Every minute we’re together, he makes me feel like an enigma he could solve if only he stares hard enough into my eyes, long enough for me to open up my soul.
He stares while I cleanse his wounds with cool water and a clean rag, while I gather together apples and bread and butter and he wolfs them down as if his family starves him as well as beats him—and perhaps they do—and he stares while we sit side by side on the rose divan in the library, in the rays of diminishing afternoon, and I read to him my favorite books, some bloody, some whimsical, and some as discomfiting as history ever is.
As he watches me constantly, he also listens, avid, engaged by every word, absorbed by every nuance, and attuned to every shift of my expression.
Sometimes his brow furrows at a passage, unhappy with a bad turn or a bad choice—or no choice at all.
Even more rarely, something makes him smile—or not smile, but almost. Perhaps a flicker of one, gone by the time I look up.
Never does anything make him laugh, though. Always, the awareness runs too close to the surface that after this respite in my rose garden, after the apples in my kitchen and the histories in my library, he will have to return home, a slave to whippings and rage until the time his father will rend him apart so far that nothing will be able to put him together again or pick him up, and he will not even be able to crawl to my roses for me to find him again.
What will I do then, unable to leave my mansion to find him?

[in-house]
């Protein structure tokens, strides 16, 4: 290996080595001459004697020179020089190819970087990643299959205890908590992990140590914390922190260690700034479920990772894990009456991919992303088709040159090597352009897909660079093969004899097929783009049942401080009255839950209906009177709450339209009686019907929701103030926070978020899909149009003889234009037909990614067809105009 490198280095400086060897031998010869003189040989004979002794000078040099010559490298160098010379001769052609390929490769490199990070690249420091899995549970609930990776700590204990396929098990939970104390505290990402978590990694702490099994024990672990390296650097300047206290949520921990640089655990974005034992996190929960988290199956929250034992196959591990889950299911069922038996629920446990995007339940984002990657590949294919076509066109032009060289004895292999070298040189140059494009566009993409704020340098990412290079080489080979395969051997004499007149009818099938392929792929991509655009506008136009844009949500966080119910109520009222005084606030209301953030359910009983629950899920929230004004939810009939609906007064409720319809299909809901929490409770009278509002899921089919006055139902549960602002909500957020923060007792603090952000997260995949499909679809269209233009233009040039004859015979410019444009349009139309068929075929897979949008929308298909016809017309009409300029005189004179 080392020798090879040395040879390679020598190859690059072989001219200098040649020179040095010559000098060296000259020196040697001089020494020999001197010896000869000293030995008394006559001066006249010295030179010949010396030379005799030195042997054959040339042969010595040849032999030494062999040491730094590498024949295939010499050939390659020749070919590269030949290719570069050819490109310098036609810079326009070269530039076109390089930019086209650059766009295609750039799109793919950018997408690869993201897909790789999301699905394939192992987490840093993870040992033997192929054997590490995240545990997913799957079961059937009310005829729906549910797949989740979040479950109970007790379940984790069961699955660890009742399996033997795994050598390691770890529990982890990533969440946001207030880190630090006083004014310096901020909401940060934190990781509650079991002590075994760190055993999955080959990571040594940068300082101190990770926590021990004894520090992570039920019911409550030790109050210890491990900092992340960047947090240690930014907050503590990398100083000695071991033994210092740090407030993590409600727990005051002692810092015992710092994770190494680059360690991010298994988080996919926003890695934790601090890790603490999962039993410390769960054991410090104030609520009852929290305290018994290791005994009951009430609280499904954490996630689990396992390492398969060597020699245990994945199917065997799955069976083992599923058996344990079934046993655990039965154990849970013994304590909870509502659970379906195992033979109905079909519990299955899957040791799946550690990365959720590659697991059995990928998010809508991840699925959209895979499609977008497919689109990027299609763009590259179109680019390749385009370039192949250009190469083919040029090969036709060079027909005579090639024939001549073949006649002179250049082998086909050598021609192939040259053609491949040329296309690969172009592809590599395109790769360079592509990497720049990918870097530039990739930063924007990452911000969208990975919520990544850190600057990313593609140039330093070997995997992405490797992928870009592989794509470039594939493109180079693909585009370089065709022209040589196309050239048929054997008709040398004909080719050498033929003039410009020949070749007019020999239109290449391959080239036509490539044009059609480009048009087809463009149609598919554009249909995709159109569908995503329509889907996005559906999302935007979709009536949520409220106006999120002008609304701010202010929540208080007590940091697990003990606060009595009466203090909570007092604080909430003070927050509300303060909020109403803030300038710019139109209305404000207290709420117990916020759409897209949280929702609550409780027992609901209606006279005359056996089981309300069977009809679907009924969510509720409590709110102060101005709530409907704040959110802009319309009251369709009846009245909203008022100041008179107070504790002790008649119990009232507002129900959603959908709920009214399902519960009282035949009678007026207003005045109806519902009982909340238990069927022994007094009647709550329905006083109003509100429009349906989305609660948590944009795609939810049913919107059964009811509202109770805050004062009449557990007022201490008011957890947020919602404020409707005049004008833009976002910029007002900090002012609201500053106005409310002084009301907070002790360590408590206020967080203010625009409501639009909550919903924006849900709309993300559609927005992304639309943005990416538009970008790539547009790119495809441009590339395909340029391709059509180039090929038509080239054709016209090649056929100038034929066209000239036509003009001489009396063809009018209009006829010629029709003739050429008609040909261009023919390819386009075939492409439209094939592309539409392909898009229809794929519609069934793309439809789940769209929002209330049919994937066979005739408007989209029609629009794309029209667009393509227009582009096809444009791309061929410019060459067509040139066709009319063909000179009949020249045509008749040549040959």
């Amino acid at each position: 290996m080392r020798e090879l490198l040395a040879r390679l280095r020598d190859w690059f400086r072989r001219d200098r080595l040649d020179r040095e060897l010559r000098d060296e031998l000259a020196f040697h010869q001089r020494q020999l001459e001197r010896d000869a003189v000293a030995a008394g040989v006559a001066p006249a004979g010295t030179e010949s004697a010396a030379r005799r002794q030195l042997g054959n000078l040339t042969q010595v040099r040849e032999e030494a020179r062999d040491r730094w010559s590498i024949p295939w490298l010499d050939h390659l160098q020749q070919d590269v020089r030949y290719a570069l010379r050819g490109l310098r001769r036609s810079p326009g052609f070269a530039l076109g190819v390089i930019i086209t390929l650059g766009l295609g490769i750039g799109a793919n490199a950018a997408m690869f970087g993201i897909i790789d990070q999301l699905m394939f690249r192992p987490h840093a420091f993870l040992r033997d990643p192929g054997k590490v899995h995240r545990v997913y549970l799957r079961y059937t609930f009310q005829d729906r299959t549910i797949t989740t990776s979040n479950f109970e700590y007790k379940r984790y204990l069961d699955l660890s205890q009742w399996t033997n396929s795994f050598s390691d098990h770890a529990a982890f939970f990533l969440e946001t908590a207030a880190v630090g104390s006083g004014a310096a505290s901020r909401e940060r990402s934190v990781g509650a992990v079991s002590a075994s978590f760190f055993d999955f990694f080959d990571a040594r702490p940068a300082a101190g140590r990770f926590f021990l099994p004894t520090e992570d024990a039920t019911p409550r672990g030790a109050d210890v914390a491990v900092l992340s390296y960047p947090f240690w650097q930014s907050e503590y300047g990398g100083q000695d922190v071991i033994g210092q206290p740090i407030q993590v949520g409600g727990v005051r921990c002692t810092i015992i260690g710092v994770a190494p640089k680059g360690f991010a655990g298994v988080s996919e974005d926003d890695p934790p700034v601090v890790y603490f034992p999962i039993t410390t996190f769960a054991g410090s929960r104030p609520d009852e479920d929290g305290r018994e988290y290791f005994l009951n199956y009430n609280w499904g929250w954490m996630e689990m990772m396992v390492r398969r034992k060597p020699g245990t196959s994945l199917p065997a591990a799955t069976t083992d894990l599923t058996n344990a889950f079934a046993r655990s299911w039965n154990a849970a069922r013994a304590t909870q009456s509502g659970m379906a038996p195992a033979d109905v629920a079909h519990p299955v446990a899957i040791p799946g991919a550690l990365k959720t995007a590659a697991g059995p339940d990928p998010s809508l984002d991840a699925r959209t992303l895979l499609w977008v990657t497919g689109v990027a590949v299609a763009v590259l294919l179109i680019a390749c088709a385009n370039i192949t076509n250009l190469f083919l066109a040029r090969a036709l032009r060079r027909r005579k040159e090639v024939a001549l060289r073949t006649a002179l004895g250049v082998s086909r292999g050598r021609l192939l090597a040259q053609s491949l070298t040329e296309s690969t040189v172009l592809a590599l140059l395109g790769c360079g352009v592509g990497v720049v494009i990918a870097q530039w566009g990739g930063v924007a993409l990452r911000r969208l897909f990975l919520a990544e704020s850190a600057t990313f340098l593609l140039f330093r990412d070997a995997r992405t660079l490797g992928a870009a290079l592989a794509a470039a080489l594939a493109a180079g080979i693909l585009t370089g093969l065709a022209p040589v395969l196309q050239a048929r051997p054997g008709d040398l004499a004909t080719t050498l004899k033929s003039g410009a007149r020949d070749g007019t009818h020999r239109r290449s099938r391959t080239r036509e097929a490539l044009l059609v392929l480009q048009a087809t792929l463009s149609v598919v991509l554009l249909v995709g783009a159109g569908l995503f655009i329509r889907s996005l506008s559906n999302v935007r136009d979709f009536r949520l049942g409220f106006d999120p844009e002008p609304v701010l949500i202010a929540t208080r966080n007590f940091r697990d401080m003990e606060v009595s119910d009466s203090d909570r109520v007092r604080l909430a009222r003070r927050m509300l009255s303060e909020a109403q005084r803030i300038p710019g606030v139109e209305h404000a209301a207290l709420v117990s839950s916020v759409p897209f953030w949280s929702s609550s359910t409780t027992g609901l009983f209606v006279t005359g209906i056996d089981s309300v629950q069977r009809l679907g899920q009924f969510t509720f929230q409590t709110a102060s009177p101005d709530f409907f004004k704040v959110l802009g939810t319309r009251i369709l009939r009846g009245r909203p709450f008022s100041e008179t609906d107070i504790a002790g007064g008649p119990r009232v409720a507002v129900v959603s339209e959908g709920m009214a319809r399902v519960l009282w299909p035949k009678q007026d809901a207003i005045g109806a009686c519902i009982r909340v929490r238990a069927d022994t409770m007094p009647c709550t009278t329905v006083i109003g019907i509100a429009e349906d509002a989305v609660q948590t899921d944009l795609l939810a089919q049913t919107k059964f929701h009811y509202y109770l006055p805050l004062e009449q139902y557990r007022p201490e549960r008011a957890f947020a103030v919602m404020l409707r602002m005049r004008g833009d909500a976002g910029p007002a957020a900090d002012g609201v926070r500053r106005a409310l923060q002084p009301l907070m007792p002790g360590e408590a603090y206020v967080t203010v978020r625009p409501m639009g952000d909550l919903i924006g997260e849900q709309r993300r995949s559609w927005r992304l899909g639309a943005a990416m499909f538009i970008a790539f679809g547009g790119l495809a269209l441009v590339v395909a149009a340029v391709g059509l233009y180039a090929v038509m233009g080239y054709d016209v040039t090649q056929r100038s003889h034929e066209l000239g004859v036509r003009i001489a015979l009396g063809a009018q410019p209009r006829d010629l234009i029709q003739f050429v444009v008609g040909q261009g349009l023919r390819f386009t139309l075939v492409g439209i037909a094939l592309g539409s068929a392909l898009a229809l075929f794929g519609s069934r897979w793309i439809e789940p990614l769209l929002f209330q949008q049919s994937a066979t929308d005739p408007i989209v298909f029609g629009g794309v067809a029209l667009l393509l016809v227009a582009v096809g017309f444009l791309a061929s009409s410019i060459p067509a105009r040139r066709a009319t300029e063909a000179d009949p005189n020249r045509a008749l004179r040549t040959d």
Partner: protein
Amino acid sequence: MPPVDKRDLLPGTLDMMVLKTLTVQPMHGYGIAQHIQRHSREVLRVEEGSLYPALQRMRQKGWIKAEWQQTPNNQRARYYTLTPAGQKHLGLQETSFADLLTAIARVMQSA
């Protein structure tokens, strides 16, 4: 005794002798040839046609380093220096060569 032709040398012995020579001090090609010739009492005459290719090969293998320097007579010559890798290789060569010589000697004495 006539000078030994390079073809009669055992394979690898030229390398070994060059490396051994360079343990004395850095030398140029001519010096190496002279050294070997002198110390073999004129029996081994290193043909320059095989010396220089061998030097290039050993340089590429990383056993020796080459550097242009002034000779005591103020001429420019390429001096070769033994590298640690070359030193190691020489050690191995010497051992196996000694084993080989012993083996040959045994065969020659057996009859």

I could save him before that happens.
He knows it, too, as well as the consequences if I did: dooming everyone in the town to a war—an enemy—that my family has magically protected them from for centuries.
He says nothing about it, how I could free him to the utter devastation of everything else, but he looks at me as if one day he might summon the courage to ask anyway.
Perhaps when he is certain the answer will be yes.
Will it be?
I can no longer tell, for every day that he appears with another injury, it adds another lash to my too-flayed soul. His tortured looks peel me apart layer by layer, until every word he speaks from those bruised-smile lips burrows into my guilt, until I think he must hate me, although he doesn’t show it.
Even now, as his fingertips venture over my knuckles and my voice falters at the first time he’s dared touch me—perhaps emboldened by my own caress—I think he must be searching for weakness rather than affection. But—
“Sanguine…” The way he speaks my name tells a different story, a beggar’s tale, and I lift my eyes to his penetrating gaze.
He shifts closer, and the concentration of power and intensity between us ramps up till I can scarcely breathe.
His fingertips on my jaw feel like both claiming and a release in one, releasing me from broken wings to soar again—or to sail the wind for the first time ever. Liberated, weightless, too far from the ground that offered me stability, I feel like I’m hurtling, euphoric, terrified, toward a boundless sky.
I inhale the sweet leather of books and his feathery scent.
He’s so close, my elation rampant inside, and then…
He kisses with the same intensity with which he looks.
But the feeling—the feeling is a thousand times more incredible.
In the blood-red dusk, he leaves me with my lips flushed and swollen with passion. His eyes glitter when he looks at them, his own lips lush from mine and curving upward on his satisfaction. There’s no doubt that he likes what he’s done, and that I like it, too, and that we will do it again. But—
Is there not always a ‘but’?
Is there love within his heart, I can’t help but wonder, or is it merely the gleam of lust within him, the thrill of two young bodies locking mouths and breath and seeking a relief from too much yearning? His thirst wants quenched, and I’ve just become a vessel that lets him drink deep.